SCOTUS Watch – Monday, June 29th – UPDATE: AZ redistricting win, Death drug loss, EPA back to drawing board

June is SCOTUS Decision month, when all eyes turn to the Supreme Court for rulings on the cases argued this term (before the court adjourns on June 30th for the summer). The calendar normally calls for orders and opinions to be released every Monday – 9:30am for orders and 10:00am for opinions. However, history has shown that additional “opinion days” are often added as the month unfolds and this year was no different as over the last two weeks we had Thursday and Friday opinion days. Today should be the last session of the term.

As always, the Moose News Network will cover the SCOTUS events with the help of SCOTUSblog and Twitter.

All eyes turn to the court

The Supreme Court will be in session this morning for orders and opinions starting at 9:30am Eastern. SCOTUSblog will liveblog at this link starting at 8:30am Eastern.

These are the cases heard in the current term but not yet decided:
DECIDED: The districts can be set by the commission. Decision (PDF). The “can citizens redistrict?” case, Arizona State Legislature v. Arizona Independent Redistricting Commission (the Federal District Court upheld the redistricting, legislature appealed directly to Supreme Court)
DECIDED: Oklahoma drugs are not cruel. Decision (PDF). A death penalty case related to the drugs used, Glossip v Gross (Oklahoma wants to change its drug protocol, 10th Circuit ruled against the plaintiffs and for the state)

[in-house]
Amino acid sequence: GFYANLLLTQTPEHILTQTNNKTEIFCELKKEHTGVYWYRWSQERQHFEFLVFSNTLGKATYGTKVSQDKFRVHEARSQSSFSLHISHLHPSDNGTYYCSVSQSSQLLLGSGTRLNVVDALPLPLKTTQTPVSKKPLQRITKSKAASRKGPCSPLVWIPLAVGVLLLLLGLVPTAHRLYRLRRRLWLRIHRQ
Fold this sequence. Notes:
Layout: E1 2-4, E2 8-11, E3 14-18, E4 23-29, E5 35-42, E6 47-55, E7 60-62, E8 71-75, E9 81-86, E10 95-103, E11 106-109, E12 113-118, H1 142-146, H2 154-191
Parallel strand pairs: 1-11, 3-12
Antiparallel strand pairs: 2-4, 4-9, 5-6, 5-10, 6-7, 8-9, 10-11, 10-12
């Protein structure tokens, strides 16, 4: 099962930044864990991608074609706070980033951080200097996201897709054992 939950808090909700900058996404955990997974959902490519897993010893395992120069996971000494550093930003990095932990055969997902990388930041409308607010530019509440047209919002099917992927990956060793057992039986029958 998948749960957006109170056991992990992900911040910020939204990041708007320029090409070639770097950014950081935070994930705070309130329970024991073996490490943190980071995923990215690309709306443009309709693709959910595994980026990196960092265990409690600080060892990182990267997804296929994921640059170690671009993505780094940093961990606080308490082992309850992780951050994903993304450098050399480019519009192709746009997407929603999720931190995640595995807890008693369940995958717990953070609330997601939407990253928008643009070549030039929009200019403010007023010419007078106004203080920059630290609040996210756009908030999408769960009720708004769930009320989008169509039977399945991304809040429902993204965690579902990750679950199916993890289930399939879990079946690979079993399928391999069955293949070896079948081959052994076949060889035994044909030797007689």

DECIDED: EPA must redo regulations looking at costs. Decision (PDF). Three suits against the EPA over its regulation of utilities and “failure” to consider costs, listed as Michigan vs. the Environmental Protection Agency (EPA) (The states are appealing a ruling upholding EPA rule making procedures)

A full list of pending cases (with links) is below the fold.

A closer look at the three cases left for this morning: Decisions in last 3 Supreme Court cases expected Monday


Amy Howe from SCOTUSblog on what’s left as of 6/23: And then there were seven: The remaining cases, in Plain English

The Justices don’t announce in advance which decisions they will issue, or how many. But given how important all seven of these cases are, we’re bound to get something good on Thursday morning. Stay tuned!


Update from USA Today on the 11 remaining cases: Half a dozen major cases await Supreme Court rulings

WASHINGTON — The future of same-sex marriage and President Obama’s health care law hang in the balance as the Supreme Court’s 2014 term draws rapidly to a close this month. But those aren’t the only big issues on the justices’ plate.